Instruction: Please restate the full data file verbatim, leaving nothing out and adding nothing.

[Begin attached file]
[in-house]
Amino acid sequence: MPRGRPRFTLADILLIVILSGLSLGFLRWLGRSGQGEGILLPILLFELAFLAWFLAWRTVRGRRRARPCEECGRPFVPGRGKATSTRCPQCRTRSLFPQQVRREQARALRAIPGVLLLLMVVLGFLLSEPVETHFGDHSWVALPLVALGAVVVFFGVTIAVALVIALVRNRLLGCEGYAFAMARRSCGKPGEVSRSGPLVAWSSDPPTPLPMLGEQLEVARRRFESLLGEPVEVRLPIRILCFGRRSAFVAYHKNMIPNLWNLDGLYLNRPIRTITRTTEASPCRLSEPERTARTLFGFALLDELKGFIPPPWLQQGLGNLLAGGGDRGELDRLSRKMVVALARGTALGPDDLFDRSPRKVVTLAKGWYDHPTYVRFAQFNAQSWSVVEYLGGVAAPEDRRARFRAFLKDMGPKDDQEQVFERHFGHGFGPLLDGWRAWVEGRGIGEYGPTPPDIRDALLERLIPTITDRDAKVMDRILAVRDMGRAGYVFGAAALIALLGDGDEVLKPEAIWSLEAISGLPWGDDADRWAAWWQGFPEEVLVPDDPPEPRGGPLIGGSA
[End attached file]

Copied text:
[in-house]
Amino acid sequence: MPRGRPRFTLADILLIVILSGLSLGFLRWLGRSGQGEGILLPILLFELAFLAWFLAWRTVRGRRRARPCEECGRPFVPGRGKATSTRCPQCRTRSLFPQQVRREQARALRAIPGVLLLLMVVLGFLLSEPVETHFGDHSWVALPLVALGAVVVFFGVTIAVALVIALVRNRLLGCEGYAFAMARRSCGKPGEVSRSGPLVAWSSDPPTPLPMLGEQLEVARRRFESLLGEPVEVRLPIRILCFGRRSAFVAYHKNMIPNLWNLDGLYLNRPIRTITRTTEASPCRLSEPERTARTLFGFALLDELKGFIPPPWLQQGLGNLLAGGGDRGELDRLSRKMVVALARGTALGPDDLFDRSPRKVVTLAKGWYDHPTYVRFAQFNAQSWSVVEYLGGVAAPEDRRARFRAFLKDMGPKDDQEQVFERHFGHGFGPLLDGWRAWVEGRGIGEYGPTPPDIRDALLERLIPTITDRDAKVMDRILAVRDMGRAGYVFGAAALIALLGDGDEVLKPEAIWSLEAISGLPWGDDADRWAAWWQGFPEEVLVPDDPPEPRGGPLIGGSA